There’s been a lot going on in the LOONAverse – which, for the uninitiated, is the fictional universe inhabited by the 12 members of LOONA (or “이달의 소녀” in Korean). Since the release of their last mini album ‘[12:00]’, the girls have become the second K-pop girl group on Billboard’s Pop Airplay chart with their English-language song ‘Star’, and were named ambassadors of Korean culture abroad by South Korea’s Ministry of Culture, Sports and Tourism.
- READ MORE: LOONA talk new mini-album ‘[&]’, their favourite new tracks and the return of leader HaSeul
LOONA – comprising HeeJin, HyunJin, YeoJin, ViVi, Kim Lip, JinSoul, Choerry, Yves, Chuu, Go Won, Olivia Hye and, at long last, leader HaSeul, who’s returned to the group after a two-year hiatus – are hoping to continue their starry streak with new seven-track album ‘[&]’ (read as ‘and’). Here, the girl group have set out to “break the fixed rules and become one with all LOOΠΔs around the world”, they said in the description in the music video for title track ‘Paint The Town (PTT)’.
Intro track ‘&’ gets the album off to a dark, mysterious start, with its strong, thumping drum beats and hypnotic flute music leading into ‘Paint The Town (PTT)’. This musical brainchild of producers Hitmanic and Ryan S. Jhun – the latter of whom had previously declared himself an Orbit (the name of LOONA’s fandom) in a YouTube video – brings together elements of Bollywood sounds with dubstep and 808 bass. Its unique fusion melody certainly gives LOONA the chance to “paint the world with their own colours”; listen to the chorus a little more closely, however, and you might be subtly reminded of the 2019 BLACKPINK anthem ‘Kill This Love’ – for better or worse.
While ‘PTT’ has been described as the group at their “most intense and explosive” thus far, in actuality the song is notably tamer compared to, say, ‘So What’ from their 2020 mini-album ‘[#]’. There’s just nothing more girlboss than having the leather jacket-clad girls staring down the camera with their steely gazes, challenging the audience with a defiant upward nod as they sing: “Take that / So what / I’m so bad / What’s wrong with that?”
The mood soon takes a swift 180-degree turn, transitioning into the lively, Broadway-inspired intro of ‘WOW’. ”That’s right, follow me,” beckons HaSeul in the upbeat chorus, following a series of “wow” refrains, ”It’s our time to shine”. Just as Olivia pointed out in a recent interview with NME, “[‘WOW’] has a really refreshing vibe, which makes it a good song to listen to in the summer”.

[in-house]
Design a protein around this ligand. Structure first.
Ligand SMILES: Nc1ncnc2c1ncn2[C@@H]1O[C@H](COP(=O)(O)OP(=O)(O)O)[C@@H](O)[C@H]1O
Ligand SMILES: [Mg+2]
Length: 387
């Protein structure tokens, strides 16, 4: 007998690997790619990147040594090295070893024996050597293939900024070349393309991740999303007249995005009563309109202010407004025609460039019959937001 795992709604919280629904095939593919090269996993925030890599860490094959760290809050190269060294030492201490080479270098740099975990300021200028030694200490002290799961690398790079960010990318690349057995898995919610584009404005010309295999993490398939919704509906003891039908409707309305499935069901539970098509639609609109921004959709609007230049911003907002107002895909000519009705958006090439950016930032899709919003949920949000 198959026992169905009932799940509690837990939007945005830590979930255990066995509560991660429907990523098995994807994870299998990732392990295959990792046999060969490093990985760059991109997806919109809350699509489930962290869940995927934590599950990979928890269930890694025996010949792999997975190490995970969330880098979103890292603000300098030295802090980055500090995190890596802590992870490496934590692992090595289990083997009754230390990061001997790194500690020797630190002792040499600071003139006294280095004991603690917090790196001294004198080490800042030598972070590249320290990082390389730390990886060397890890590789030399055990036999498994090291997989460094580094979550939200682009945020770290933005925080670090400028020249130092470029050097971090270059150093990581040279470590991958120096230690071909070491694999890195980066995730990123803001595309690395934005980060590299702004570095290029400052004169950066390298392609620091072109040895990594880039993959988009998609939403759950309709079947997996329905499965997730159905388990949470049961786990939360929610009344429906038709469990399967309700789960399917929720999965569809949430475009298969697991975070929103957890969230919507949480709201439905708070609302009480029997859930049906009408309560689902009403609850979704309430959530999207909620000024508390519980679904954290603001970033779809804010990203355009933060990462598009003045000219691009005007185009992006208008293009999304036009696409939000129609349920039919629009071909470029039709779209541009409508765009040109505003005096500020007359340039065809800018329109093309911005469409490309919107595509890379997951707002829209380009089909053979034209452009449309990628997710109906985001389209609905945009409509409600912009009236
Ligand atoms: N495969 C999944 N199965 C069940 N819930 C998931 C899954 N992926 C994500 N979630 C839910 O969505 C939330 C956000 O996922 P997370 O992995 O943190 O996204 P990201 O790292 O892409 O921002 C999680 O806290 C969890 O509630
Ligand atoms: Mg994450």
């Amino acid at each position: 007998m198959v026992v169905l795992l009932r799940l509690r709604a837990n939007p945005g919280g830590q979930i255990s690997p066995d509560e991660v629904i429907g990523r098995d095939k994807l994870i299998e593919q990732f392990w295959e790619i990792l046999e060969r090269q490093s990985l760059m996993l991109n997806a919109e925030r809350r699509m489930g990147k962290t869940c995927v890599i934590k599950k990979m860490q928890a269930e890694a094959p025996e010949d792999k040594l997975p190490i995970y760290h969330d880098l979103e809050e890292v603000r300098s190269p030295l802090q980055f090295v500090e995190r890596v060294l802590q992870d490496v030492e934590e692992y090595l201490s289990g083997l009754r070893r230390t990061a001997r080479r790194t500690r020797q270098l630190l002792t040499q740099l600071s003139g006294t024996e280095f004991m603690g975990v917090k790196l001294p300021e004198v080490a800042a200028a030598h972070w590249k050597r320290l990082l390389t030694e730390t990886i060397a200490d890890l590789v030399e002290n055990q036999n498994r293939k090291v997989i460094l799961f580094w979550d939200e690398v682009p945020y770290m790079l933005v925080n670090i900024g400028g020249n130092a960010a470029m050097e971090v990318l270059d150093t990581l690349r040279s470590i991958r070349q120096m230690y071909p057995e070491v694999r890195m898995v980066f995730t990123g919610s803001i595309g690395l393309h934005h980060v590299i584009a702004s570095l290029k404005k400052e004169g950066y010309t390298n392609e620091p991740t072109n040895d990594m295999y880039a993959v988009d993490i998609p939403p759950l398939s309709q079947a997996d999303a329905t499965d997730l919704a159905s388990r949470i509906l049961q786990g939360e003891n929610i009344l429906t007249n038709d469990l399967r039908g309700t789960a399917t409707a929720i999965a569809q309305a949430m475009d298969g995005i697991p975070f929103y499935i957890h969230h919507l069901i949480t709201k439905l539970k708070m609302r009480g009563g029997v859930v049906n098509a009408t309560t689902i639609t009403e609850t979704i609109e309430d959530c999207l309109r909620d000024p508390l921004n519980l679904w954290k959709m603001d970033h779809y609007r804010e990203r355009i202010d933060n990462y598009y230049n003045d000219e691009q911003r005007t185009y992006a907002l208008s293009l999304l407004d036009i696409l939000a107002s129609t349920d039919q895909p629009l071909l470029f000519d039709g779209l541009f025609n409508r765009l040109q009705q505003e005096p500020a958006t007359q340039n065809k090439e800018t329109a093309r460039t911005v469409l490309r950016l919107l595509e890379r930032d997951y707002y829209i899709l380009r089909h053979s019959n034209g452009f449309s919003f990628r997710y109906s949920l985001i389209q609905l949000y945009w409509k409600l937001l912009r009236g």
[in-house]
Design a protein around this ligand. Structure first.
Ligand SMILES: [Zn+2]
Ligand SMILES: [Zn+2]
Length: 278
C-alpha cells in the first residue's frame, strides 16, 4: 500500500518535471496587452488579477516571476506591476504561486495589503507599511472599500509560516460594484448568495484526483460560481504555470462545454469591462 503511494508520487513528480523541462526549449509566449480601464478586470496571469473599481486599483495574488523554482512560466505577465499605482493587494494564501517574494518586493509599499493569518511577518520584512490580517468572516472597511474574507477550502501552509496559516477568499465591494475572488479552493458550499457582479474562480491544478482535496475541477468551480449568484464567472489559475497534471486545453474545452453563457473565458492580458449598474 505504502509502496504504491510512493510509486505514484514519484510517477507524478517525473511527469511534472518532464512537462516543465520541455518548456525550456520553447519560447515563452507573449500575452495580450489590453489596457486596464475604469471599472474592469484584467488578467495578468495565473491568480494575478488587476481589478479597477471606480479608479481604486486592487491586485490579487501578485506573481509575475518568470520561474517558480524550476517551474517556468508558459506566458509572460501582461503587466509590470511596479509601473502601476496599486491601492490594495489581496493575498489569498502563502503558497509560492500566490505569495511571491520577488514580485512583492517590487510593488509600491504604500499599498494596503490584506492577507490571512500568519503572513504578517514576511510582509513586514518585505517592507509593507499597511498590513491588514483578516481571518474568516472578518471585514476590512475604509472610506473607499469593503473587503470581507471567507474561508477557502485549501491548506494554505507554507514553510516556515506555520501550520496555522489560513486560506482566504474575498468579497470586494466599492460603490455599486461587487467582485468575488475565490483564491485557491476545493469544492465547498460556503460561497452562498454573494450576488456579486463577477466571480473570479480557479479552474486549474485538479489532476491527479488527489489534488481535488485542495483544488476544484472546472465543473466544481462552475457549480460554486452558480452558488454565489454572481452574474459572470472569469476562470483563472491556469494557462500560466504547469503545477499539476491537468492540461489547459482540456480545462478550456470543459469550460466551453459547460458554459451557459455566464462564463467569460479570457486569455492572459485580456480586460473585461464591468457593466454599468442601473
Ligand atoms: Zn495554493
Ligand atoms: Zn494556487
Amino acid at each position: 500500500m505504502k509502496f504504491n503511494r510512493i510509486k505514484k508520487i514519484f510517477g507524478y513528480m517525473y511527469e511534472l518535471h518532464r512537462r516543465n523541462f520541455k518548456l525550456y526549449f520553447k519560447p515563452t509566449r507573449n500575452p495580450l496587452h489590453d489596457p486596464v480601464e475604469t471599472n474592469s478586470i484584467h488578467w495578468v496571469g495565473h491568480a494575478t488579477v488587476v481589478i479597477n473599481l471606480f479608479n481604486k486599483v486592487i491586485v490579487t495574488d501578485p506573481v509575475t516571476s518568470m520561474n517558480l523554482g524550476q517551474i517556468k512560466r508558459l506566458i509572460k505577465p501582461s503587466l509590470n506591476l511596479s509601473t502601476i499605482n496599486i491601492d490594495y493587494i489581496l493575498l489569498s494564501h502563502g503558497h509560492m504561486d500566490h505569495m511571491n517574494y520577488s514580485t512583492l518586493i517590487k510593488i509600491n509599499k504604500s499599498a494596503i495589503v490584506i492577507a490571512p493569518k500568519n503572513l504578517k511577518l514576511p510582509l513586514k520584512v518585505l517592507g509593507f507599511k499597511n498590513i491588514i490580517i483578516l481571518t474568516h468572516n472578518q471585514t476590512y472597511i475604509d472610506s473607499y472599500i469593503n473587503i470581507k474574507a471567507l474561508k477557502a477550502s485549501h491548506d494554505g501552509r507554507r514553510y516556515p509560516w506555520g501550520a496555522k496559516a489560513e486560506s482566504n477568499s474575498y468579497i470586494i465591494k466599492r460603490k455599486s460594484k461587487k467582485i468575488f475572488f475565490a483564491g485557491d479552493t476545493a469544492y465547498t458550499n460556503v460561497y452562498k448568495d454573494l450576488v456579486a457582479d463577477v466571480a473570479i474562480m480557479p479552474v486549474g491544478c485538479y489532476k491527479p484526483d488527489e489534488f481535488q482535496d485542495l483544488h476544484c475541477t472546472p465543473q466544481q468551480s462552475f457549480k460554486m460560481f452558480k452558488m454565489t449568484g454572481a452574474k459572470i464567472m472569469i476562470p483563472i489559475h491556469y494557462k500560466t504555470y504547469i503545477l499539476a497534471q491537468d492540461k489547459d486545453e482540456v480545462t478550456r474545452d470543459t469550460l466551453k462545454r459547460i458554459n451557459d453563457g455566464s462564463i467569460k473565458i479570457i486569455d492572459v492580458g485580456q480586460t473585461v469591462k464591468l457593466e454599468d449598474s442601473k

Another song perfect for a warm summer’s night is the English-language ‘Dance On My Own’, a chill mid-tempo number that has the girls standing their ground as they cut themselves loose from a controlling relationship. “I don’t wanna be somebody who / Lets somebody hold me / If they hold me back”, YeoJin and Chuu both declare, before Choerry, Go Won and ViVi take over with the soothingly catchy chorus. “I don’t need someone to feel something,” HeeJin and Kim Lip conclude, “It’s just me, myself, and I love it.”
The slower, emotional tunes typically give a group the chance to truly showcase their vocal prowess, and that’s very much the case for LOONA. The “deep ballad” that member Yves pointed out in the group’s NME interview is ‘A Different Night’, which is said to be “a story of the girls who [experience] different nights at the same time” after a separation. Despite only having a few lines to themselves (there are 12 of them, after all), the members each have their moment to shine – Choerry’s pre-chorus, along with Yves and Chuu’s bridge being the more notable ones. The latter duo’s dulcet tones are also a stand out in the indie-vibing ‘U R’, which brings the album to tender, heartwarming close.
While the tracks in ‘[&]’ put LOONA in an overall favourable light, the album isn’t without its awkward flicker – namely fourth track ‘Be Honest’, which brings to mind the “old-skool” second generation sounds of f(x) and Rainbow. The throwback vibe is a refreshing change – although somewhat forgettable – but its creative execution leaves much to be desired: the combined 30 seconds of car and radio sound effects at the start and end adds nothing to the track itself, nor the mini-album as a whole.
That said, ‘Be Honest’ isn’t nearly a large enough blip to outshine an otherwise remarkable effort by the group. An underwhelming title track aside – the unique South Asian influence on ‘PTT (Paint The Town)’ is welcome, but the song still pales in comparison to the group’s previous comeback – the overall direction LOONA take on ‘[&]’ points at a group that is unafraid to experiment with music, even if it doesn’t always work out. This inclination to look beyond the routine will, undoubtedly, continue to set the girl group apart in the years to come.
- Release date: June 28
- Record label: Blockberry Creative